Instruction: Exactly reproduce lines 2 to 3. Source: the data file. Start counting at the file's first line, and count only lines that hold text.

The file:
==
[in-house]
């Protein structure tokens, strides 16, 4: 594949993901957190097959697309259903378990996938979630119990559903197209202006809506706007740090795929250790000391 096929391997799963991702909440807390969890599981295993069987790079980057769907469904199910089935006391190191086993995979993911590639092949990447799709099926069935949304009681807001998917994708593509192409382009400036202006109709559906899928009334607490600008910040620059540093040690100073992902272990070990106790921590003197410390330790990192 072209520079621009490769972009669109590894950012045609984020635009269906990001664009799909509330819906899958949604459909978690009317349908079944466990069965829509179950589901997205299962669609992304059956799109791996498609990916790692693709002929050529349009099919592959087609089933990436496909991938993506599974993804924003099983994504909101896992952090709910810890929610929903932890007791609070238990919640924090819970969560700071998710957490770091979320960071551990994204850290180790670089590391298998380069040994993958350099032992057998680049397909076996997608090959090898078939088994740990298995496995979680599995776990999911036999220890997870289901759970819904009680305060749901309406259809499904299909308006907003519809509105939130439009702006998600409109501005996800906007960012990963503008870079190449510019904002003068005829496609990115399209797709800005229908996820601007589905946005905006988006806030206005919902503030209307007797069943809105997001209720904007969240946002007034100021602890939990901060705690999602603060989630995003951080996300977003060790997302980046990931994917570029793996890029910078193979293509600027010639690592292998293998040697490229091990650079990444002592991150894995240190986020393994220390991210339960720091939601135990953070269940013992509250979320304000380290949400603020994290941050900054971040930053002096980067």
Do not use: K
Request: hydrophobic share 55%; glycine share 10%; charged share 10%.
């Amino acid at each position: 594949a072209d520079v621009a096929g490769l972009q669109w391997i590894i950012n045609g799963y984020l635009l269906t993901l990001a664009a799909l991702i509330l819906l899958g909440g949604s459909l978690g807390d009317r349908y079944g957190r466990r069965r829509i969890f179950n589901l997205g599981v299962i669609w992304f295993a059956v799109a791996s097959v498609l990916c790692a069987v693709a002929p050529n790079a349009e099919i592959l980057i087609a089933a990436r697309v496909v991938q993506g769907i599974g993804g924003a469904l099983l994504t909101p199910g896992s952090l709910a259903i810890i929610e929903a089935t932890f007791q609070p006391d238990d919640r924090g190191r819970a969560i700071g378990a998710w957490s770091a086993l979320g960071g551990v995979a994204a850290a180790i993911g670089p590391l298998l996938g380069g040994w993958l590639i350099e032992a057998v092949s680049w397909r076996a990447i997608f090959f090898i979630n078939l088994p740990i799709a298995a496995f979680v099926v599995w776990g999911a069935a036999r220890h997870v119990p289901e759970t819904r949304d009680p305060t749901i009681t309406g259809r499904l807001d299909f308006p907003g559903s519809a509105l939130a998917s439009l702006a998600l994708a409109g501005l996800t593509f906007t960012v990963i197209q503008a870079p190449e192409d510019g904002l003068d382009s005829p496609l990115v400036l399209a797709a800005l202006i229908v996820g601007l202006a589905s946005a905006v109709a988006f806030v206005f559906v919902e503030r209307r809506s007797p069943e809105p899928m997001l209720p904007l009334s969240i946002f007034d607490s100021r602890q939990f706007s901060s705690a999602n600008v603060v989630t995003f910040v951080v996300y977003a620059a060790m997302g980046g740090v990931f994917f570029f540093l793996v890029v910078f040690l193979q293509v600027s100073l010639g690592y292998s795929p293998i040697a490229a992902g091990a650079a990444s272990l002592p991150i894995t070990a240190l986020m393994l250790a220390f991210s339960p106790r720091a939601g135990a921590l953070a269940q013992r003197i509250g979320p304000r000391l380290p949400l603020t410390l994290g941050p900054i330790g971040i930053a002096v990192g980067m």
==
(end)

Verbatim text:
């Protein structure tokens, strides 16, 4: 594949993901957190097959697309259903378990996938979630119990559903197209202006809506706007740090795929250790000391 096929391997799963991702909440807390969890599981295993069987790079980057769907469904199910089935006391190191086993995979993911590639092949990447799709099926069935949304009681807001998917994708593509192409382009400036202006109709559906899928009334607490600008910040620059540093040690100073992902272990070990106790921590003197410390330790990192 072209520079621009490769972009669109590894950012045609984020635009269906990001664009799909509330819906899958949604459909978690009317349908079944466990069965829509179950589901997205299962669609992304059956799109791996498609990916790692693709002929050529349009099919592959087609089933990436496909991938993506599974993804924003099983994504909101896992952090709910810890929610929903932890007791609070238990919640924090819970969560700071998710957490770091979320960071551990994204850290180790670089590391298998380069040994993958350099032992057998680049397909076996997608090959090898078939088994740990298995496995979680599995776990999911036999220890997870289901759970819904009680305060749901309406259809499904299909308006907003519809509105939130439009702006998600409109501005996800906007960012990963503008870079190449510019904002003068005829496609990115399209797709800005229908996820601007589905946005905006988006806030206005919902503030209307007797069943809105997001209720904007969240946002007034100021602890939990901060705690999602603060989630995003951080996300977003060790997302980046990931994917570029793996890029910078193979293509600027010639690592292998293998040697490229091990650079990444002592991150894995240190986020393994220390991210339960720091939601135990953070269940013992509250979320304000380290949400603020994290941050900054971040930053002096980067």
Do not use: K